The Death Penalty Information Center

The Death Penalty Information Center is a non-profit organization serving the media and the public with analysis and information on issues concerning capital punishment. The Center was founded in 1990 and prepares in-depth reports, issues press releases, conducts briefings for journalists, and serves as a resource to those working on this issue.

National Coalition to Abolish the Death Penalty

Since its inception in 1976, NCADP has been the only fully staffed national organization exclusively devoted to abolishing capital punishment. NCADP provides information, advocates for public policy, and mobilizes and supports individuals and institutions that share our unconditional rejection of capital punishment.

Prison Solidarity

The internet site Prisonersolidarity.org serves as a catalyst for communication between prisoners and people on "the outside." It publishes updated research, news, opinion pieces and educational material from activists, writers, prisoners, and the concerned public.

Human Rights Watch

Human Rights Watch is dedicated to protecting the human rights of people around the world.

  • We stand with victims and activists to prevent discrimination, to uphold political freedom, to protect people from inhumane conduct in wartime, and to bring offenders to justice.
  • We investigate and expose human rights violations and hold abusers accountable.
  • We challenge governments and those who hold power to end abusive practices and respect international human rights law.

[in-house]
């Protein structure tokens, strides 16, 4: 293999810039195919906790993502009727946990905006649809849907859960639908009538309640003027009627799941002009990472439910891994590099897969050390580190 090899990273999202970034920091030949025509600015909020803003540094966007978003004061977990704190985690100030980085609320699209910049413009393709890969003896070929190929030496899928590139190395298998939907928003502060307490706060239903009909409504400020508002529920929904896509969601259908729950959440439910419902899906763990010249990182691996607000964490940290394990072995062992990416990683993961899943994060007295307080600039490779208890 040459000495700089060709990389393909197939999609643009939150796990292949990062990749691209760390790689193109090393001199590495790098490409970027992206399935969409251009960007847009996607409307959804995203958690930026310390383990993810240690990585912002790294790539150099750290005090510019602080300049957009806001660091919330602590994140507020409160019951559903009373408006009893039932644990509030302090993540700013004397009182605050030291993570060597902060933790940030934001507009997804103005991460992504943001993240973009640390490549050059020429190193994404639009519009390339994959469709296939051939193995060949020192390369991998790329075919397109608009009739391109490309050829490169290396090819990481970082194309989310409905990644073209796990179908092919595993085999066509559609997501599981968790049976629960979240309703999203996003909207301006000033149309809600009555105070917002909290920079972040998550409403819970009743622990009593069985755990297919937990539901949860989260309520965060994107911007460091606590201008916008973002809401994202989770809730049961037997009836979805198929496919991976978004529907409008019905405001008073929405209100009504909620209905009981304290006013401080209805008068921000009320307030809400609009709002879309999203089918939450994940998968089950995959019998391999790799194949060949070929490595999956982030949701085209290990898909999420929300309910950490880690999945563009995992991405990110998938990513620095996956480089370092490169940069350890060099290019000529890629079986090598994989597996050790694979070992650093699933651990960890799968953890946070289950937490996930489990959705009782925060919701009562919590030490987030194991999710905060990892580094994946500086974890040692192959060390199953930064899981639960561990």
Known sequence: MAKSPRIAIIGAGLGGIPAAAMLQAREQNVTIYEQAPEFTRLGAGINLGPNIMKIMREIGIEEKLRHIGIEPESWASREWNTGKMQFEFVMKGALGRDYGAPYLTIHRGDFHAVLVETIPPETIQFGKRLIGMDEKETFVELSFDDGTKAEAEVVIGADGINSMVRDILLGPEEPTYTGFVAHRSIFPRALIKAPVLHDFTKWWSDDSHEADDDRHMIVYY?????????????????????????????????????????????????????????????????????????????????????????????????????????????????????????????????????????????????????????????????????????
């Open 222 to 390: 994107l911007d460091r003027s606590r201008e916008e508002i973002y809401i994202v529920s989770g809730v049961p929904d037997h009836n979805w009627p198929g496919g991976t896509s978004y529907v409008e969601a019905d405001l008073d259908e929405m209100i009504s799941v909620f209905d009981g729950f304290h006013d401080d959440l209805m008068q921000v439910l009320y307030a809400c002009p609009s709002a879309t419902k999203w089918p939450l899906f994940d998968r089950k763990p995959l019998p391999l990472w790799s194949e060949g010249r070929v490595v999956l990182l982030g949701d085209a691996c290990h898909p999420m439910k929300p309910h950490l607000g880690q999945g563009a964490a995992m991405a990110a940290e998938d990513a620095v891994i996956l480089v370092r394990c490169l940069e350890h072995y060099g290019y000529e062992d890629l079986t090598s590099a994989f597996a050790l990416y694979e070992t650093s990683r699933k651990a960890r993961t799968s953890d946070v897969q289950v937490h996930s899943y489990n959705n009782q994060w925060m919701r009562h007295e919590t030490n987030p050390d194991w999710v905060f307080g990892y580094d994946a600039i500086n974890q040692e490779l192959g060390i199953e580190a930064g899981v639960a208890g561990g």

• We enlist the public and the international community to support the cause of human rights for all.

Human Rights Watch is an independent, nongovernmental organization, supported by contributions from private individuals and foundations worldwide. It accepts no government funds, directly or indirectly....

Resources for Prisoners and Their Families in Illinois / Prison Conditions / Criminal Sentencing and Re-Entry Policy / The Death Penalty / Police Brutality / Racism and Discrimination

International Centre for Prison Studies

The International Centre for Prison Studies seeks to assist governments and other relevant agencies to develop appropriate policies on prisons and the use of imprisonment. It carries out its work on a project or consultancy basis for international agencies, governmental and non-governmental organisations.

The Urban Institute / Crime & Justice

Today, we analyze policies, evaluate programs, and inform community development to improve social, civic, and economic well-being. We work in all 50 states and abroad in over 28 countries, and we share our research findings with policymakers, program administrators, business, academics, and the public online and through reports and scholarly books.

Justice Policy Institute

The Justice Policy Institute is a non-profit research and a public policy organization dedicated to ending society’s reliance on incarceration and promoting effective and just solutions to social problems.

The Commission on Safety and Abuse in America's Prisons